Caliper Ingredients commissioned Colorado State University (CSU) to conduct a clinical study of commercially available CBD-infused food and supplement product pharmacokinetics.
Pharmacokinetics looks at how bioactives diffuse through the body, highlighting the difference between what is consumed and what is absorbed, as well the rate and efficiency of absorption.
“More than 20 million Americans use CBD daily, and trends show that number continuing to rise,” said Christopher Bell, PhD, lead researcher with the CSU team. “But there is so little we understand about CBD, and how everything from product format to individual physiology can affect circulating blood concentrations over time. The industry simply lacks basic scientific research and substantiation. We partnered with Caliper because they share our drive to better understand CBD and its effects on the human body, which was why testing with humans—and publishing the results in a peer-reviewed journal — was essential.”
The research, published in a special edition of Pharmaceuticals titled Cannabidiol: Advances in Therapeutic Applications and Future Perspectives, was approved by an Institutional Review Board (IRB) in compliance with the requirements of 45 CFR 46 for human clinical research.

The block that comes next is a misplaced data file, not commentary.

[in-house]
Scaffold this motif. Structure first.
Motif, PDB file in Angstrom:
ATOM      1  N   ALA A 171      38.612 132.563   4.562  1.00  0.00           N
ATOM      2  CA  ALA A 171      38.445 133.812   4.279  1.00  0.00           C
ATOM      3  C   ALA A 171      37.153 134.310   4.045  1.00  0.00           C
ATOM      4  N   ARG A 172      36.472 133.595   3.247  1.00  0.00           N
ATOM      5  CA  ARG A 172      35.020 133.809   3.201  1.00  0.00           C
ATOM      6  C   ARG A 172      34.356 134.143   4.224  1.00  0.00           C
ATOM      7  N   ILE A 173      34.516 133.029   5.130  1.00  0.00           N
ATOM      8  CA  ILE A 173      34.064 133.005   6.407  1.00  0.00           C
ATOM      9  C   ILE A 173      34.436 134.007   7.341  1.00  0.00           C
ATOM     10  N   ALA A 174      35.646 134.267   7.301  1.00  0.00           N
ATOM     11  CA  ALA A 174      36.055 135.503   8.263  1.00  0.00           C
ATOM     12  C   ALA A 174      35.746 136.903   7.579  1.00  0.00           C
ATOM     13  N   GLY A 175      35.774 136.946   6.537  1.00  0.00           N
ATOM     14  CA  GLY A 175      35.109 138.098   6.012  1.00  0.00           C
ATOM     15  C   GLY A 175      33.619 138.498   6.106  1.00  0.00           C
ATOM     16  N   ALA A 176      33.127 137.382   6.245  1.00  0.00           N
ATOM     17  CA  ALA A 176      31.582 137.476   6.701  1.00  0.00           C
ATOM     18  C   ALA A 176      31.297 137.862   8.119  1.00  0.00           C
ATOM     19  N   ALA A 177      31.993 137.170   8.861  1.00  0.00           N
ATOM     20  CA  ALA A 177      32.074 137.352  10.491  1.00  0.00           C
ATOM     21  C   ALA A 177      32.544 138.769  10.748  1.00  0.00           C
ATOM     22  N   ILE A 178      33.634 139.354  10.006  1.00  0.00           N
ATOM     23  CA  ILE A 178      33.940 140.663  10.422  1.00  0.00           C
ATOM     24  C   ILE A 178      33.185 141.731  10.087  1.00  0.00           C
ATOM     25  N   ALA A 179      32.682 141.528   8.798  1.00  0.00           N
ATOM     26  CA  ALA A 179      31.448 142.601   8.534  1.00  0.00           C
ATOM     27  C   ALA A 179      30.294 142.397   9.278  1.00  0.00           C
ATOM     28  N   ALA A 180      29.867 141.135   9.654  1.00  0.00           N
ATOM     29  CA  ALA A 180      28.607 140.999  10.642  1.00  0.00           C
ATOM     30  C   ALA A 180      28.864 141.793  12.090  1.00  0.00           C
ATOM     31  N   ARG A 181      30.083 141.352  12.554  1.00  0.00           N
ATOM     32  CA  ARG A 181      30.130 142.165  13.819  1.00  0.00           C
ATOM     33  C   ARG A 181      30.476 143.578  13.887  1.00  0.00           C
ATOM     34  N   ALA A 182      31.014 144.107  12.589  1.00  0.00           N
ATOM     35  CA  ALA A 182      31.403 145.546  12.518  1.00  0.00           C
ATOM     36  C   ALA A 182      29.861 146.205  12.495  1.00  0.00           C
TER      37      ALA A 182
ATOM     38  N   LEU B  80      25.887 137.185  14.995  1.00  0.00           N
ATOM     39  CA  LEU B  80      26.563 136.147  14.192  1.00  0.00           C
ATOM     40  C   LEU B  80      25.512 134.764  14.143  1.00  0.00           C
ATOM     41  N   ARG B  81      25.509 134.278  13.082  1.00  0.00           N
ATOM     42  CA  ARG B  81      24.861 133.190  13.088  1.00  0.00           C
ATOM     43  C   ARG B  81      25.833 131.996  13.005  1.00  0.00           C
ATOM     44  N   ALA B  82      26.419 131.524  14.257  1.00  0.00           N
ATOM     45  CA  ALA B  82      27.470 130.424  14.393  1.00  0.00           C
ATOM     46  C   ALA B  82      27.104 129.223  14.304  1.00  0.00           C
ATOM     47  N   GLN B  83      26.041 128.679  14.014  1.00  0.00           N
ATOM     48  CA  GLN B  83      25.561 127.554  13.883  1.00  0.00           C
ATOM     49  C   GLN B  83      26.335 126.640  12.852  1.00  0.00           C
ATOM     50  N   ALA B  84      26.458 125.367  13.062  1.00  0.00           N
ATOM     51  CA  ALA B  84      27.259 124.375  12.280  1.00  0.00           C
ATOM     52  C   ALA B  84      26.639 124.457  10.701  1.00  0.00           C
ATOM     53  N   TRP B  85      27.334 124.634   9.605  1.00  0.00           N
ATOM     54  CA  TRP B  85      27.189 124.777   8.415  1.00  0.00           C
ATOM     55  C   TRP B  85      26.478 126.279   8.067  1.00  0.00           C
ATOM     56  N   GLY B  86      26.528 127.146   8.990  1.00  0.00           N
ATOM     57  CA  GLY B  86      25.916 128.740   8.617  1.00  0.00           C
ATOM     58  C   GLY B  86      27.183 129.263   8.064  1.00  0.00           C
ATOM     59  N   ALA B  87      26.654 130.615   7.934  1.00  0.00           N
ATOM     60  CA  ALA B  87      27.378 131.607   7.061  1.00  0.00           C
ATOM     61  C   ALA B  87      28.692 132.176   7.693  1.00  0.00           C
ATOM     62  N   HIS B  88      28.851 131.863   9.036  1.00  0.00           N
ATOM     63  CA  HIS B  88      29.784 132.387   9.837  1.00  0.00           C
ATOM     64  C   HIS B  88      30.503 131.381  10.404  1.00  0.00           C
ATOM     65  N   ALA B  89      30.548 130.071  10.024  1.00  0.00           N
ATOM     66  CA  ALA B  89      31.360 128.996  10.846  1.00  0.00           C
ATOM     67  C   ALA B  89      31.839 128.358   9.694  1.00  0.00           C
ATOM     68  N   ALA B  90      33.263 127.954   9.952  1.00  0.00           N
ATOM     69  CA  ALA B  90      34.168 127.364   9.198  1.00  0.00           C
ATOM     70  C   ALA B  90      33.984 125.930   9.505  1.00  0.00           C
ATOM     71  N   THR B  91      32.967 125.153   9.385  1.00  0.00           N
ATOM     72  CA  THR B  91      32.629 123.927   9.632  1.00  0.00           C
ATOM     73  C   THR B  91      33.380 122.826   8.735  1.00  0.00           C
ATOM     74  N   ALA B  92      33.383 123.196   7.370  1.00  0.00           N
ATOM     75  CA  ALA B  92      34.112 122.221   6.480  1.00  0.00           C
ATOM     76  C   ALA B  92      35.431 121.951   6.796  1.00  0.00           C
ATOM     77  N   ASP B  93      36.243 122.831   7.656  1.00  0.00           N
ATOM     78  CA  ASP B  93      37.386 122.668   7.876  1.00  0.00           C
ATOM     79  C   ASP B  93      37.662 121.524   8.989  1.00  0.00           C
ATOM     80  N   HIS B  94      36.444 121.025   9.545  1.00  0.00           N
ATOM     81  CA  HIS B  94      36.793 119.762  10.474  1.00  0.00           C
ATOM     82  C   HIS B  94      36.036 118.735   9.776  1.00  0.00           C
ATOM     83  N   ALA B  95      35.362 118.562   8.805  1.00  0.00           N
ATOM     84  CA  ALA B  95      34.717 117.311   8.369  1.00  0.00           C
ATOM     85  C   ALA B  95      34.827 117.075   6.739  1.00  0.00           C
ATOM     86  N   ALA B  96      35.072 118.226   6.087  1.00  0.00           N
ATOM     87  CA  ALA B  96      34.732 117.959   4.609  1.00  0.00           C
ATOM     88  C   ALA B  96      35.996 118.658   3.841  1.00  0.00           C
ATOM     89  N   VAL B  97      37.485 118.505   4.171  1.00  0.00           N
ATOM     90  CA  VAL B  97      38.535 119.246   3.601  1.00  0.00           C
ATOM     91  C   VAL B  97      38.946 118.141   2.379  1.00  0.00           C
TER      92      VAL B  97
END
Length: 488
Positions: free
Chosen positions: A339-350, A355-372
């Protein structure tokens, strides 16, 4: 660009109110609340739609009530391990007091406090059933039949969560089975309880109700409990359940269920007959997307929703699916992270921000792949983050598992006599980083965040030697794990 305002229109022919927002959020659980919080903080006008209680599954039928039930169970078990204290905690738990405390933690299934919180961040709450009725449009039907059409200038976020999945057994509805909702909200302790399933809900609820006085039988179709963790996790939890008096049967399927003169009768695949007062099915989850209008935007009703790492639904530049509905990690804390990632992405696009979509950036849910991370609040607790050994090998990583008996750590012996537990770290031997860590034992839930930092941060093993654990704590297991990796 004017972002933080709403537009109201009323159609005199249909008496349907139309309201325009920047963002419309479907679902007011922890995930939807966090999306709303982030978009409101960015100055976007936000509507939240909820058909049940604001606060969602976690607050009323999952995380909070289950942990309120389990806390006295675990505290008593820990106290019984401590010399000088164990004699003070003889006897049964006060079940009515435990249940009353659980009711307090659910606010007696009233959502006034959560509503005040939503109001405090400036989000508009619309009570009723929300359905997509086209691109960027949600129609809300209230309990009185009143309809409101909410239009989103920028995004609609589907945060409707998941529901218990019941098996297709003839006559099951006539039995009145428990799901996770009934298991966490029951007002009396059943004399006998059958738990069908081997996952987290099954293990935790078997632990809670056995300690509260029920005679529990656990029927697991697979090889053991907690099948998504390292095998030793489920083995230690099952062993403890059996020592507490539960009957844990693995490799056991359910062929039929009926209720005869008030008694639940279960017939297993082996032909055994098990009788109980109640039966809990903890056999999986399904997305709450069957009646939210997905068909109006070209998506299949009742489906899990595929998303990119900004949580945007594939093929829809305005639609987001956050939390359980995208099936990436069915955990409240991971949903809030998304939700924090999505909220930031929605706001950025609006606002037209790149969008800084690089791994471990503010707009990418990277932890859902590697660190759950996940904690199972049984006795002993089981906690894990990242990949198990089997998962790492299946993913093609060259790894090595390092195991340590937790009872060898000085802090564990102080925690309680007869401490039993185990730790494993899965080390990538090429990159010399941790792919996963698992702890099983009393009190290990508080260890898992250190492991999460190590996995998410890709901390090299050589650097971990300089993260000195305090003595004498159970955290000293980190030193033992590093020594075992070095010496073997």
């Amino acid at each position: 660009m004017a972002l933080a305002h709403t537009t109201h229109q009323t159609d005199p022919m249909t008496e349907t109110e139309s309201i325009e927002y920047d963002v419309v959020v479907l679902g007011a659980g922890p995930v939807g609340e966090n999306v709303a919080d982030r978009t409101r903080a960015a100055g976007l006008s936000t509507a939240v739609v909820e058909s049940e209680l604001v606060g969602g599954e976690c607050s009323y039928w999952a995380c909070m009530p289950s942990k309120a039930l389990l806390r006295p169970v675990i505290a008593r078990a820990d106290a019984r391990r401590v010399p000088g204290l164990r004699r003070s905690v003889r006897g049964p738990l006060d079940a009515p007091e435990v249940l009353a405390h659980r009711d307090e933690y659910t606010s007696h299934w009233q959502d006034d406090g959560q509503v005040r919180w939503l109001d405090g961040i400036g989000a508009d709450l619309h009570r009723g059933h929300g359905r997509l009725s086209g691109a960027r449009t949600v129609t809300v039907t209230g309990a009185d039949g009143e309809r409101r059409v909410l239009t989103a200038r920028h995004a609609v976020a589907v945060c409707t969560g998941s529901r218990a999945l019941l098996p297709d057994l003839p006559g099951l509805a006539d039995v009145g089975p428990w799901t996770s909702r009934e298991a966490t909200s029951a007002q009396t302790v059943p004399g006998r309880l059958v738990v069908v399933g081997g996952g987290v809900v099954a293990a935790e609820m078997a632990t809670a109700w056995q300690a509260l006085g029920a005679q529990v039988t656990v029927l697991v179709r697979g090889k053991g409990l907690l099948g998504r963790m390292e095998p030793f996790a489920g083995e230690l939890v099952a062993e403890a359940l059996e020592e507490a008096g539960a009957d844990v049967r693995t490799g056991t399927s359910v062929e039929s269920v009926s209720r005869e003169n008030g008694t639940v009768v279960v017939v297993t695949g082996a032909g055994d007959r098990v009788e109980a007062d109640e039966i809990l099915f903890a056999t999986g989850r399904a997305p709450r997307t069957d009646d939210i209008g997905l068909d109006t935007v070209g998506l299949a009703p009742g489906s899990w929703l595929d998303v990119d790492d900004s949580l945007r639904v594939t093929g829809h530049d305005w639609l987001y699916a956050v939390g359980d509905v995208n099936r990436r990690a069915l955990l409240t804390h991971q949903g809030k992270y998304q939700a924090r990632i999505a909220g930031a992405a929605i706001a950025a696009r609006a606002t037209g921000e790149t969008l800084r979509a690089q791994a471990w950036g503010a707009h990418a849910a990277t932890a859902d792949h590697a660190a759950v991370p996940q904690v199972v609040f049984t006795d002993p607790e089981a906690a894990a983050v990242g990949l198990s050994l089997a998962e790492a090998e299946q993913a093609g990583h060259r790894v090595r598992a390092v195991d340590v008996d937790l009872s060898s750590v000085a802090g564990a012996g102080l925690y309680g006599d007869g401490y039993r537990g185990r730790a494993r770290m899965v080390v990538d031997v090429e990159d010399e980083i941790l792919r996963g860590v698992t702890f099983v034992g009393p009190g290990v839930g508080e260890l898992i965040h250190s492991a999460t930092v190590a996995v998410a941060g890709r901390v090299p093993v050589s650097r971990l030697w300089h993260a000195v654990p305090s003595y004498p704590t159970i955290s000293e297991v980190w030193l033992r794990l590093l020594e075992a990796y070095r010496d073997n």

Researchers compared the pharmacokinetic profiles of three proprietary soluble CBD formats against two control formats.
Conducted by CSU research scientists, this blinded, randomized, crossover study design included 15 healthy men and women, 21-62 years of age, with each participant consuming 30mg of CBD in five product formats. Three of Caliper’s proprietary dissolvable CBD formulations were tested against two controls: a standardized, oil-based CBD tincture and a CBD isolate, which together represent the two of the more common CBD product formats available to consumers today. Participants provided intravenous blood samples prior to ingestion, and then at regular intervals over the ensuing four hours.
“Comparison of Five Oral Cannabidiol Preparations in Adult Humans: Pharmacokinetics, Body Composition, and Heart Rate Variability”
Authors: N. Bondareva Williams et al.